New York, Oct. 16: Nagpur-born Vikram Pandit has resigned abruptly as Citigroup’s chief executive after months of simmering tensions in the boardroom of America’s third biggest bank.
So startling was the departure that a huge gasp was audible on the bank’s trading floor in Manhattan as employees watched the news on monitors. Within minutes of the bank’s announcement, Pandit’s name was gone from Citigroup’s website.
Chief operating officer John Havens, a long-time associate of Pandit, also resigned, the announcement prompting some employees on the trading floor to jump up from their chairs.
“Given the progress we have made in the last few years, I have concluded that now is the right time for someone else to take the helm at Citigroup,” Pandit, 55, said in a statement. “I could not be leaving the company in better hands.”
A statement from chairman Michael ’Neill said Michael Corbat, previously chief executive for Europe, Middle East and Africa, would succeed Pandit as CEO and as a board member.
Pandit’s sudden resignation is the culmination of months of disagreement with the board, in particular ’Neill, over strategy.
It is not clear precisely what led Pandit to quit, but the decision to swiftly name Corbat as CEO is a clear sign that ’Neill is now fully in control of the bank, a person familiar with Citigroup said. Corbat is reputed to be close to ’Neill.
Citigroup shares rose as much as 1.5 per cent in morning trading as some investors said they were not sorry to see Pandit leave. During his tenure, he was known to have adamantly opposed any break-up of Citigroup, something some money managers argued would increase shareholder value.
Pandit was seen by some board members as not being able to quickly and effectively execute strategy, lurching from crisis to crisis, according to several people close to the bank. There were concerns he lacked the breadth of vision needed to turn the bank around. “He was considered more technically skilled,” one Citi executive said.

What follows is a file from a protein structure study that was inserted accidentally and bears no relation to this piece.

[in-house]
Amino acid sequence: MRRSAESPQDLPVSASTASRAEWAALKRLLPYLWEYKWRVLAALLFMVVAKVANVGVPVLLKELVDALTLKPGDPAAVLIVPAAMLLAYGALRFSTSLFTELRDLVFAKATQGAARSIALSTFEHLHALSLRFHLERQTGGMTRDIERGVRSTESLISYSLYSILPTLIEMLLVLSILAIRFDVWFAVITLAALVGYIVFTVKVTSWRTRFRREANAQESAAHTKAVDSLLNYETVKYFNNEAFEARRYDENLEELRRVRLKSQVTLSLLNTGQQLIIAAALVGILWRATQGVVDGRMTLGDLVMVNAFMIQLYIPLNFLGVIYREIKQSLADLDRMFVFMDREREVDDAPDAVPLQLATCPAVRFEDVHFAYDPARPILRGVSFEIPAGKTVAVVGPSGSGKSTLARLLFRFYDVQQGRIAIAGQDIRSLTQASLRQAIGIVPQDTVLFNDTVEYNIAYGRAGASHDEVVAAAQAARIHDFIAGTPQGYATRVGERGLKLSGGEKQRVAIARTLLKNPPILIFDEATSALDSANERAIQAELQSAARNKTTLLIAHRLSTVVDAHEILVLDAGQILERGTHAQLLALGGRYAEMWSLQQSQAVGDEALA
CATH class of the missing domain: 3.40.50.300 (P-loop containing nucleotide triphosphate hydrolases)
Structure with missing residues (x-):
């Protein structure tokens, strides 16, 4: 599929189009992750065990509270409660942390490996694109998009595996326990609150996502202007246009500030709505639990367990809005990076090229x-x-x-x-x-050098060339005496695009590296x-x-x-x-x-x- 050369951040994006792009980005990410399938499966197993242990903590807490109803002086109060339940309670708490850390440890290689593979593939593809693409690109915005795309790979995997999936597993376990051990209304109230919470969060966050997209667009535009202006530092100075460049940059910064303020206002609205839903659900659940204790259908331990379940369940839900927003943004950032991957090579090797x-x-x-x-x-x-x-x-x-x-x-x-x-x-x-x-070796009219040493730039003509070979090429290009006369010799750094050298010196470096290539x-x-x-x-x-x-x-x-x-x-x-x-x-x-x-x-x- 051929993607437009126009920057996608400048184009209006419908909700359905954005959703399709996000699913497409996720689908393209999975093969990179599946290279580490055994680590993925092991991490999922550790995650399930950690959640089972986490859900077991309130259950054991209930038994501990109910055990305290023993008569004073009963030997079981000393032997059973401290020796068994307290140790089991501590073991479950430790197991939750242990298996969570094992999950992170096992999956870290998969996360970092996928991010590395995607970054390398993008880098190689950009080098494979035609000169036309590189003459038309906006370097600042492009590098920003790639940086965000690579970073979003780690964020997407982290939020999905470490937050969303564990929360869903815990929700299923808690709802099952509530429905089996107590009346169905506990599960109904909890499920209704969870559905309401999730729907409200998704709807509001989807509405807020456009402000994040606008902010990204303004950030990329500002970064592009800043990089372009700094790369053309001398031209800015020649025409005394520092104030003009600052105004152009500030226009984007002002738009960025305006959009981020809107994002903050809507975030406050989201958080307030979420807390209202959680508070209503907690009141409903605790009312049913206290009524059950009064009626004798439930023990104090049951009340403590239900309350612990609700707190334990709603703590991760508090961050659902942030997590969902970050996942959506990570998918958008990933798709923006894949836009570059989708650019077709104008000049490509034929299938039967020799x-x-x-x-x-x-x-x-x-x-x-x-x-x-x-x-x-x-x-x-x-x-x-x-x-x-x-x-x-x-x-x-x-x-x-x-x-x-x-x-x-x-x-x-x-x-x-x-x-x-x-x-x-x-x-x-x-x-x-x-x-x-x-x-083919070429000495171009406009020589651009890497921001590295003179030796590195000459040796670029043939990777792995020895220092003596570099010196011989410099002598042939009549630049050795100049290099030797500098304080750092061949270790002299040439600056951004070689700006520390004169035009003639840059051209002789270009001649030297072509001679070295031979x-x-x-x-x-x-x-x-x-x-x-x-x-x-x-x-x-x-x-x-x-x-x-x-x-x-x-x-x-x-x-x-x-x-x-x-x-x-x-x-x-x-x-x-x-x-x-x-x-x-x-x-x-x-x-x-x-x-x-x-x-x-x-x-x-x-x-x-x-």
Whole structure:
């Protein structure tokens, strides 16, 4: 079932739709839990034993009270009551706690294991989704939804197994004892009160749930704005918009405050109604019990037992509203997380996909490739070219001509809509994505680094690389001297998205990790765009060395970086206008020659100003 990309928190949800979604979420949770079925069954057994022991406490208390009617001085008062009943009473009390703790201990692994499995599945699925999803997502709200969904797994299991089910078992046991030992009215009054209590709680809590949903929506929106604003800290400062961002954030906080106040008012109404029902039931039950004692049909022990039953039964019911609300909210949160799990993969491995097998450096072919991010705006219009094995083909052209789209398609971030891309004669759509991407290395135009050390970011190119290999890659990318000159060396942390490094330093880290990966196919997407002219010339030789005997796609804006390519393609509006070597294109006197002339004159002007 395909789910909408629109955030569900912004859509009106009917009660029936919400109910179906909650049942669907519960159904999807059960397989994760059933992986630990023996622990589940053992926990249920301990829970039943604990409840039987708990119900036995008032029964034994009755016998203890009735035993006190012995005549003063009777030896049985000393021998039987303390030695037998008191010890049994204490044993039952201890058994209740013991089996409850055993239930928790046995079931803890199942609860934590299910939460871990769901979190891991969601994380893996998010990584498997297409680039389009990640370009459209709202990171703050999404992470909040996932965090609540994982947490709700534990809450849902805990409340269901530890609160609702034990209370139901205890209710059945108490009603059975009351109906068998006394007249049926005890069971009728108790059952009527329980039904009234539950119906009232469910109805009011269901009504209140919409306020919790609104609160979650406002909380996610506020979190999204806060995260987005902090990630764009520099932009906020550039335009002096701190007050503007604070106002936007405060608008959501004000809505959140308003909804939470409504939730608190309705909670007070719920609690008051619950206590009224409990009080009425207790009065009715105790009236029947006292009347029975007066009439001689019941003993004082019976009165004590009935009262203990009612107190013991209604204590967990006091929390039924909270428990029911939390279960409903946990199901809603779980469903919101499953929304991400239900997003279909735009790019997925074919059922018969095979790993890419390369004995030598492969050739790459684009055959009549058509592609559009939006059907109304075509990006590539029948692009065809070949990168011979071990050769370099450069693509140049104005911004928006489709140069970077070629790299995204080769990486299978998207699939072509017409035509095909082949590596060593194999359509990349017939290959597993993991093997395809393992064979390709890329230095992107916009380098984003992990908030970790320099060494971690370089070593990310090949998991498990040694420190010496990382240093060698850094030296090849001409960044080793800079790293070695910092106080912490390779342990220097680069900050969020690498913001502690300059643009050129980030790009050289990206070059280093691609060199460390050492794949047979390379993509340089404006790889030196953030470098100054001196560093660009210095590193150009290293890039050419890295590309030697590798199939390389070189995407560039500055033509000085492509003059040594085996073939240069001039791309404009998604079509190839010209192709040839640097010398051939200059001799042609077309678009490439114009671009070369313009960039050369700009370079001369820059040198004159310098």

The board’s relationship with Pandit was already under pressure after shareholders rejected the CEO’s pay package in an advisory vote in April. He was awarded more than $15 million in 2011 compensation, but 55 per cent of shareholders voted against it. The pay issue was thought to still be a source of friction internally.
A Citigroup spokeswoman declined to comment on accounts of friction with the board.
“It’s not a shock that (Pandit) is no longer there, but the surprise is this is all happening very quickly. Why is he leaving immediately?” asked Mike Holland, chairman of New York-based Holland & Co. “I’m not a Citi shareholder, but if I were, I’d be disappointed that Havens is gone, in some ways more than Pandit,” Holland added.
Pandit’s resignation follows a series of high-profile defeats this year. In March, the US Federal Reserve rejected the bank’s capital plans after a stress test; Pandit had led analysts and investors to believe the plans would be approved.
Last month, Pandit agreed to a low sale price for his bank’s stake in the brokerage operated by Morgan Stanley. Citigroup had to take a $4.7 billion charge in the third quarter to write down the value of that stake.
Yet, the bank’s stock rose sharply on Monday after Citigroup reported third-quarter results, even with the writedown, that were much better than analysts expected. But those results paled in comparison with the earnings announced on Friday by JPMorgan Chase and Wells Fargo.
The one-two punch of the results and Pandit’s exit point to what analysts say has been a years-long unsettled atmosphere around the bank.
“What Pandit and Havens did was increase the uncertainty around Citi,” said Matt McCormick, banking analyst and portfolio manager at Bahl & Gaynor in Cincinnati, Ohio. “There’s a perpetual cloud of uncertainty surrounding Citigroup. There’s always turmoil.… that has had to affect the stock price.”
Pandit’s departure revived questions that were asked from the day he took the job: whether he had the right experience to lead Citigroup in the first place. Those questions did not go away during the depths of the financial crisis, as regulators took a dim view of his performance.
Critics later charged that Pandit was too timid, perhaps even too academic, to run a big consumer bank. “He was not beloved by Wall Street. He was thrust into that position — he’s a hedge fund guy,” McCormick said.